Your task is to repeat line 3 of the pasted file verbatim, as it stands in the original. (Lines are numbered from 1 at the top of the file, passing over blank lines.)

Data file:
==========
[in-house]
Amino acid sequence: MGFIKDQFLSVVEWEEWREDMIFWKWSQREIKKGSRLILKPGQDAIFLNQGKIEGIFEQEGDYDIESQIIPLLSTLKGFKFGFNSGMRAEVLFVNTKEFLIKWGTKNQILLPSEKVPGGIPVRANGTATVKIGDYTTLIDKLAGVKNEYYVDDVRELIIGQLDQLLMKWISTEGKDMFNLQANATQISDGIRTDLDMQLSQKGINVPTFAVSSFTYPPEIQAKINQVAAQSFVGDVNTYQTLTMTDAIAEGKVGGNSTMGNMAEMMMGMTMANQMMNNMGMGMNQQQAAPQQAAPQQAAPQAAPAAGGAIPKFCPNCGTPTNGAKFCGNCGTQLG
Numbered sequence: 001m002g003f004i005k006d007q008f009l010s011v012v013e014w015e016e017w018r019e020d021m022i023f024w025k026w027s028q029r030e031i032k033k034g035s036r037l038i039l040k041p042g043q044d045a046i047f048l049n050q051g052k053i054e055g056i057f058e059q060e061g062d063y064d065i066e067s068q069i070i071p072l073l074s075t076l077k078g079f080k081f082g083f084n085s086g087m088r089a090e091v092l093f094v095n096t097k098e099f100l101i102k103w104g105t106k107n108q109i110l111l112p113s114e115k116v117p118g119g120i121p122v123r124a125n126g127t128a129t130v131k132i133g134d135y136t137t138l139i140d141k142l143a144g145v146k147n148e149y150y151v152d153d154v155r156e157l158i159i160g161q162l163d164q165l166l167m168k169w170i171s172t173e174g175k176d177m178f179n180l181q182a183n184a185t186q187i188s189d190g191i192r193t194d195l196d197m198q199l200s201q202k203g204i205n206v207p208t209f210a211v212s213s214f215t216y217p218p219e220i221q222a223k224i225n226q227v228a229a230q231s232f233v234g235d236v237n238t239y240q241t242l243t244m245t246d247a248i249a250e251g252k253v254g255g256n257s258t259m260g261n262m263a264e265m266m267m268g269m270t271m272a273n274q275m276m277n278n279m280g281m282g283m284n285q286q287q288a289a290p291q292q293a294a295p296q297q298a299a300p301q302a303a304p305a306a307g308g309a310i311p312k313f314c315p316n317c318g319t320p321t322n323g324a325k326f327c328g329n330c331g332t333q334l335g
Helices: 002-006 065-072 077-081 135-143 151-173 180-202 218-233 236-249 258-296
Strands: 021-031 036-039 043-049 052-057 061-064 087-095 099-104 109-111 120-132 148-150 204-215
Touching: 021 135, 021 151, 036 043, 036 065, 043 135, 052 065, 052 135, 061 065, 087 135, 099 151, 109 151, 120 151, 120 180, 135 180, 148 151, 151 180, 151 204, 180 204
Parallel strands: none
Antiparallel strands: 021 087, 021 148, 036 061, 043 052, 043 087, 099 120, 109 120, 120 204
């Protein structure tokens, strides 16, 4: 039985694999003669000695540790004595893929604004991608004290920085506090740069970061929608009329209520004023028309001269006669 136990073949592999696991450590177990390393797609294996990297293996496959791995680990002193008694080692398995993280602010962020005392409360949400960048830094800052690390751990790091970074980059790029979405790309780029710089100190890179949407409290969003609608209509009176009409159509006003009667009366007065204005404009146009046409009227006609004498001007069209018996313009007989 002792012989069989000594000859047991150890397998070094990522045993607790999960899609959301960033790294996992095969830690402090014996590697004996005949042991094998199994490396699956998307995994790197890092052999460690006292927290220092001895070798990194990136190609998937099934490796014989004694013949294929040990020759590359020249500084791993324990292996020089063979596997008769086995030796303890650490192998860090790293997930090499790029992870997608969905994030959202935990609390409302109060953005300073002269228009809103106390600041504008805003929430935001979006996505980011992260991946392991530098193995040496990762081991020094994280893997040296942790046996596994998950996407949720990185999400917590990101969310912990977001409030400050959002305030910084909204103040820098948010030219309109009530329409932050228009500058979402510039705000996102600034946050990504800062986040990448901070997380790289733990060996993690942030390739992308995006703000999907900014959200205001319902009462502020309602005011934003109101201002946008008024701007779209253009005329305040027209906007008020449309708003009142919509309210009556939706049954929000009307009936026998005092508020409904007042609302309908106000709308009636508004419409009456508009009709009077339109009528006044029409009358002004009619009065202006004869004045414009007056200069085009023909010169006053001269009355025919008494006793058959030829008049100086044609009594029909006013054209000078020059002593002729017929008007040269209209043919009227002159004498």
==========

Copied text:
Numbered sequence: 001m002g003f004i005k006d007q008f009l010s011v012v013e014w015e016e017w018r019e020d021m022i023f024w025k026w027s028q029r030e031i032k033k034g035s036r037l038i039l040k041p042g043q044d045a046i047f048l049n050q051g052k053i054e055g056i057f058e059q060e061g062d063y064d065i066e067s068q069i070i071p072l073l074s075t076l077k078g079f080k081f082g083f084n085s086g087m088r089a090e091v092l093f094v095n096t097k098e099f100l101i102k103w104g105t106k107n108q109i110l111l112p113s114e115k116v117p118g119g120i121p122v123r124a125n126g127t128a129t130v131k132i133g134d135y136t137t138l139i140d141k142l143a144g145v146k147n148e149y150y151v152d153d154v155r156e157l158i159i160g161q162l163d164q165l166l167m168k169w170i171s172t173e174g175k176d177m178f179n180l181q182a183n184a185t186q187i188s189d190g191i192r193t194d195l196d197m198q199l200s201q202k203g204i205n206v207p208t209f210a211v212s213s214f215t216y217p218p219e220i221q222a223k224i225n226q227v228a229a230q231s232f233v234g235d236v237n238t239y240q241t242l243t244m245t246d247a248i249a250e251g252k253v254g255g256n257s258t259m260g261n262m263a264e265m266m267m268g269m270t271m272a273n274q275m276m277n278n279m280g281m282g283m284n285q286q287q288a289a290p291q292q293a294a295p296q297q298a299a300p301q302a303a304p305a306a307g308g309a310i311p312k313f314c315p316n317c318g319t320p321t322n323g324a325k326f327c328g329n330c331g332t333q334l335g